Report adds to economic case for biodiversity protection
Ecosystem degradation and biodiversity loss entail huge costs which society simply cannot afford, a new report has claimed.
Timed to coincide with UN biodiversity talks in Nagoya, Japan, the document's publication on Wednesday (20 October) seeks to increase the awareness of global decision-makers to the wide array of free 'services' provided by nature.
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The services include climate regulation, food provision and water purification - frequently far more costly to recreate through human endeavours, according to: 'The Economics of Ecosystems and Biodiversity (TEEB): Mainstreaming the Economics of Nature,' the latest in a series of reports on the subject.
The three-year study overseen by Pavan Sukhdev, head of the Green Economy Initiative of the United Nations Environment Programme, also lists a number of policy changes which authorities can use to incentivise the protection of the world's forests, freshwater, soils and coral reefs.
"TEEB has documented not only the multi-trillion dollar importance to the global economy of the natural world, but the kinds of policy-shifts and smart market mechanisms that can embed fresh thinking in a world beset by a rising raft of multiple challenges," said Mr Sukhdev in a statement.
Germany, the UK, the Netherlands, Sweden, Norway, Belgium, Japan and the European Commission are among the main funders of the project.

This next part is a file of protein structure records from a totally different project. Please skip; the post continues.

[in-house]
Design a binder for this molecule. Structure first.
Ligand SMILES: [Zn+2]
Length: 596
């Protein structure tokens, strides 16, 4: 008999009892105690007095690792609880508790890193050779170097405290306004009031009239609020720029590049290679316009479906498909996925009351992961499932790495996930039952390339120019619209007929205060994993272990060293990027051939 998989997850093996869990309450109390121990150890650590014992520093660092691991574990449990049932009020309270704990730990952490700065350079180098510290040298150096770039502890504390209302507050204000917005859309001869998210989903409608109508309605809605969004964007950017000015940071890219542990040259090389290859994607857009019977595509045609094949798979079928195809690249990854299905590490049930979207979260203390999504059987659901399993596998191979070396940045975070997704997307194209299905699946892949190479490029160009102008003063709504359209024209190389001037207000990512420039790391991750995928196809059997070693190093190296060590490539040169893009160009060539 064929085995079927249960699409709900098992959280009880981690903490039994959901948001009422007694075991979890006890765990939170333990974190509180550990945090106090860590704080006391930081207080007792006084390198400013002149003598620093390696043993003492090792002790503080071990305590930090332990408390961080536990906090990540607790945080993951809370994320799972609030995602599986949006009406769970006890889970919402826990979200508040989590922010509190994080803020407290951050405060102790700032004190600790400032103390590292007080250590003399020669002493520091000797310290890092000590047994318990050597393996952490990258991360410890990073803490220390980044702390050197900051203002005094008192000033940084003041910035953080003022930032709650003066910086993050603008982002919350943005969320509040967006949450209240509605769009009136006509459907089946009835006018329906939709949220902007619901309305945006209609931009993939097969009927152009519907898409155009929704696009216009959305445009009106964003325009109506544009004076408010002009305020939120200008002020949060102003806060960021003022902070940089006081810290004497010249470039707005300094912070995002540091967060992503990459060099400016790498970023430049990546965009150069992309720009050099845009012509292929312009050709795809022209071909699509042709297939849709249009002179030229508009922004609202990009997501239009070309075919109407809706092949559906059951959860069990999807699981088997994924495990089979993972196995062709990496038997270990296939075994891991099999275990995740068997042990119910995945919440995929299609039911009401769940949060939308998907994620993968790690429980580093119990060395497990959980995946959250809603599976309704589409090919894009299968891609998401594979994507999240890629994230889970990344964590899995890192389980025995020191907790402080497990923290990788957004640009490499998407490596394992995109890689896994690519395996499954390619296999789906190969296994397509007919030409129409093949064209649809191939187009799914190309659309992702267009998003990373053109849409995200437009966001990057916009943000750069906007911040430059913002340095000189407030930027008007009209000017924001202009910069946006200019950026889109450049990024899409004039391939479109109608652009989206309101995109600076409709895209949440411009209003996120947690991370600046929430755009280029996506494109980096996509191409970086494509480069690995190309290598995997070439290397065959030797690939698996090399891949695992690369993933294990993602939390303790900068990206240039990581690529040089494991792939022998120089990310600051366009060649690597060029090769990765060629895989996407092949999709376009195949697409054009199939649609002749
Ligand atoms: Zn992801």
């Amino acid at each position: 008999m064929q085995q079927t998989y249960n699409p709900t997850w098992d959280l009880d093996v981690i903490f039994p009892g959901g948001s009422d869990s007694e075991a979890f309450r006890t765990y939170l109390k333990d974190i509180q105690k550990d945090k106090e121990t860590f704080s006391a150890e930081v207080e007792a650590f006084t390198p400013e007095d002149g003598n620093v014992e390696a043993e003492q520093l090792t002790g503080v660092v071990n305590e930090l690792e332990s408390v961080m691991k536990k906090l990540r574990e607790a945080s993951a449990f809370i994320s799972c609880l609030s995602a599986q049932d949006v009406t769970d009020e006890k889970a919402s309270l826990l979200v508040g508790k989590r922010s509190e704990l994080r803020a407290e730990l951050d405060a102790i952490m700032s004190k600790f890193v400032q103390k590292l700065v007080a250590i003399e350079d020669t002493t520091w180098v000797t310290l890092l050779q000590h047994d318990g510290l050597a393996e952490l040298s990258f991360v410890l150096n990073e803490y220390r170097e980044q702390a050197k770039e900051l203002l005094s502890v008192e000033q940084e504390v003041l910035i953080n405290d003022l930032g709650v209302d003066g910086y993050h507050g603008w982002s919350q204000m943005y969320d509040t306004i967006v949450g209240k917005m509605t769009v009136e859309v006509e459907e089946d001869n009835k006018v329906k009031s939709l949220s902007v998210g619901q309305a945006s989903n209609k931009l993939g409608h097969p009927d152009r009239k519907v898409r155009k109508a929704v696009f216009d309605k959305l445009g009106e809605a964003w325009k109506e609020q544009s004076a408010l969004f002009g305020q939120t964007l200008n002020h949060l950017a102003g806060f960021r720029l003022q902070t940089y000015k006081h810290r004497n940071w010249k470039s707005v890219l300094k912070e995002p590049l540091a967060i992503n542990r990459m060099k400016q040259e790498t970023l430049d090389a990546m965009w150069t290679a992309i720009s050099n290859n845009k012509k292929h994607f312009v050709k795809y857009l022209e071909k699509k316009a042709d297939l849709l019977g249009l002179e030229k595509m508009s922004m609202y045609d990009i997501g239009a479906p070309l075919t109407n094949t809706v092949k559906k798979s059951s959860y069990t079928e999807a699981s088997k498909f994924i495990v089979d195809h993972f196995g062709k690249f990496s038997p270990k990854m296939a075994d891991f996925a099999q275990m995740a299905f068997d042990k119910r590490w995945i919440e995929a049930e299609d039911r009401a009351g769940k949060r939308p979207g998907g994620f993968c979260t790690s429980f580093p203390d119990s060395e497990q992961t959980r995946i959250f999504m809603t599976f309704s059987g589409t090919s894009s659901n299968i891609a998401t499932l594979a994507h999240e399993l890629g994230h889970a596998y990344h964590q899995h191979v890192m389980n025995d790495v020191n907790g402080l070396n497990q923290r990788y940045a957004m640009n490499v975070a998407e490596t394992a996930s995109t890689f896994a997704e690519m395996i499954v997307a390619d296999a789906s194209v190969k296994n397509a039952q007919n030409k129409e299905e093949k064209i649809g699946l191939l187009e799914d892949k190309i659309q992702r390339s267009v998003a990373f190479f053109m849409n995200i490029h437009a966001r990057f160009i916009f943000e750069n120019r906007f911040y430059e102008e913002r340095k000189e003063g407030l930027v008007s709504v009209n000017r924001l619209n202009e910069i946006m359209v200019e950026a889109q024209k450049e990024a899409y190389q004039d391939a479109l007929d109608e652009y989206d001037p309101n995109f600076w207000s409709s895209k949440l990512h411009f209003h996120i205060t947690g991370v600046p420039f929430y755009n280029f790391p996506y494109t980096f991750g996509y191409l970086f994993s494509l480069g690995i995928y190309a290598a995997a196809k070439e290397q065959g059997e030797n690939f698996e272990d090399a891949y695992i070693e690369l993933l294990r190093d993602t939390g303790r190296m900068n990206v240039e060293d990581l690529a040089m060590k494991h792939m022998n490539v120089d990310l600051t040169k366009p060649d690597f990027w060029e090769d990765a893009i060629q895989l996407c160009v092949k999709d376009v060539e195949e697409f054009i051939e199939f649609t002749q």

"While of course valuing nature for itself, we also recognise its economic value in the battle to stop biodiversity loss," said EU environment commissioner Janez Potocnik.
The report shies away from a headline global savings figure, instead listing examples where environmental protection can prove cost-effective in the medium-term.
One example includes a successful system of payments for landowners in Mexico which has halved the annual rate of deforestation, protected water catchments and cloud forests, and avoided emissions of 3.2 million tonnes of carbon dioxide.
A separate study has indicated that CO2 reductions linked to halving deforestation rates by 2030 would avoid damages from climate change estimated at more than US$ 3.7 trillion.
Another example includes a system of 'tradable development rights' in Nagoya which obliges developers who exceed limits on high-rise buildings to offset their impacts by buying and conserving areas of Japan's traditional agricultural landscape.
Wednesday's report seeks to follow in the footsteps of highly-praised 2006 'Stern Review on the Economics of Climate Change' which helped draw world attention to the costs of climate change.
International politicians at the tenth meeting of the UN Conference of the Parties (COP 10) in Japan (18-29 October) are currently striving to secure a global deal to slow biodiversity loss and provide a legal framework for the sharing of valuable genetic material.
The EU has said he aims to halt European biodiversity loss by 2020, having earlier failed to reach the same target by 2010.